Freedom Network Conference Highlights Challenges in the Fight against Labor Trafficking

On April 21st and 22nd, the Freedom Network hosted its 13th annual Conference in Washington, D.C. The Freedom Network USA is an alliance of anti-trafficking service providers that works with survivors of all forms of human trafficking to ensure that they have access to safety, justice and opportunity. The conference also brings together leaders from the government, law enforcement, faith-based communities, and experts from other areas who work to empower trafficking victims.

This year’s conference, titled “TVPA Past, Present, & Future: Elevating the ‘Human’ in Human Trafficking,” focused on successes, trends and issues, and recommendations for going forward. The conference emphasized the need to prioritize labor trafficking, which is often overlooked in the fight against human trafficking.

The field lacks a systematic understanding of labor trafficking. Experts from service providers, law enforcement, survivors, and prosecutors discussed challenges in identifying and prosecuting forced labor cases. Labor trafficking is often perceived as an infrequent occurrence. There is also a widespread misperception that trafficking requires physical violence, causing law enforcement and prosecutors to label cases of labor trafficking as wage theft or abuse. Increased training is necessary to effectively identify, investigate, and prosecute labor trafficking cases.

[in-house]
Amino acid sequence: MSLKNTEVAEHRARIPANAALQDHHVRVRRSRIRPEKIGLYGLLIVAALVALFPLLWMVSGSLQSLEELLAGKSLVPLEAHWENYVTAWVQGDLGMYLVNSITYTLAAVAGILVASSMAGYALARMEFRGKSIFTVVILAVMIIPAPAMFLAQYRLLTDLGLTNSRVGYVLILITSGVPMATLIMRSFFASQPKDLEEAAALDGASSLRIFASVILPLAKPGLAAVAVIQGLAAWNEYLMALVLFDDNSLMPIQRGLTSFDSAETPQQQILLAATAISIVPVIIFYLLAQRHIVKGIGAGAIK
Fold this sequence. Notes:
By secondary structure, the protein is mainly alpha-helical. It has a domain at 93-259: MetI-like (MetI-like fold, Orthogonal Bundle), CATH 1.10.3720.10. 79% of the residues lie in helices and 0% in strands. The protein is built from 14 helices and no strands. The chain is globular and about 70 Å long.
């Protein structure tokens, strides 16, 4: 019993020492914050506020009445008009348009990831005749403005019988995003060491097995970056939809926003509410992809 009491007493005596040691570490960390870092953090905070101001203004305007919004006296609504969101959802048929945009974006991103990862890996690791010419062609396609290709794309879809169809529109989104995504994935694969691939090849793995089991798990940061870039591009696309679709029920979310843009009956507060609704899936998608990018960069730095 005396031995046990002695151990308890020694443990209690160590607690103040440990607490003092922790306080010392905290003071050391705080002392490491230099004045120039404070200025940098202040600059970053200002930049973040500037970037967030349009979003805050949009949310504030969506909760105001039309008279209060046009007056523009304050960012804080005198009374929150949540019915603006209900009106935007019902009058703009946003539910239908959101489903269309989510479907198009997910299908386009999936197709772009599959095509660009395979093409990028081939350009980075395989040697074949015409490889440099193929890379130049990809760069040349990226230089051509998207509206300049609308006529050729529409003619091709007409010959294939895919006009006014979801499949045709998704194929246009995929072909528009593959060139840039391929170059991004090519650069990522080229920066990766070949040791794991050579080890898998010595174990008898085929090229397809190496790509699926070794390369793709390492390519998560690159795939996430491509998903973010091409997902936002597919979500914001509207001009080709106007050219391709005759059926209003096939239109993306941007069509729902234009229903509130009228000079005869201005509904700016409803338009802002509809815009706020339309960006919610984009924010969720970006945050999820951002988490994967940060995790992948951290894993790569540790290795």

Other obstacles include limited resources and the fact that labor trafficking victims are frequently unprotected and/or criminalized. Traffickers often withhold passports and other documents from foreign national victims. And as with sex trafficking cases, successful prosecution of labor trafficking requires evidence that the perpetrator compelled the victim into servitude. Corroborating this is extremely difficult and relies heavily on victim testimonies. But given their trauma, trafficking victims are often reluctant to participate in prosecutions. When cases are successfully prosecuted, it can be even more challenging to get restitution.

Traffickers and their enablers must be brought to justice. Law enforcement, prosecutors, and judges must be trained to fully understand labor trafficking, including victim needs and applicable laws. Wire taps and financial investigations could uncover evidence to corroborate charges and decrease reliance on victim testimony. Law enforcement should also use financial investigations to track and secure funds for victim restitution. Lastly, victims should not be penalized for crimes they may have committed as a result of being trafficked.

For other recommendations on increasing labor trafficking prosecutions and their success rates, see Human Rights First’s blueprint on How to Disrupt the Business of Trafficking.

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Published on May 1, 2015

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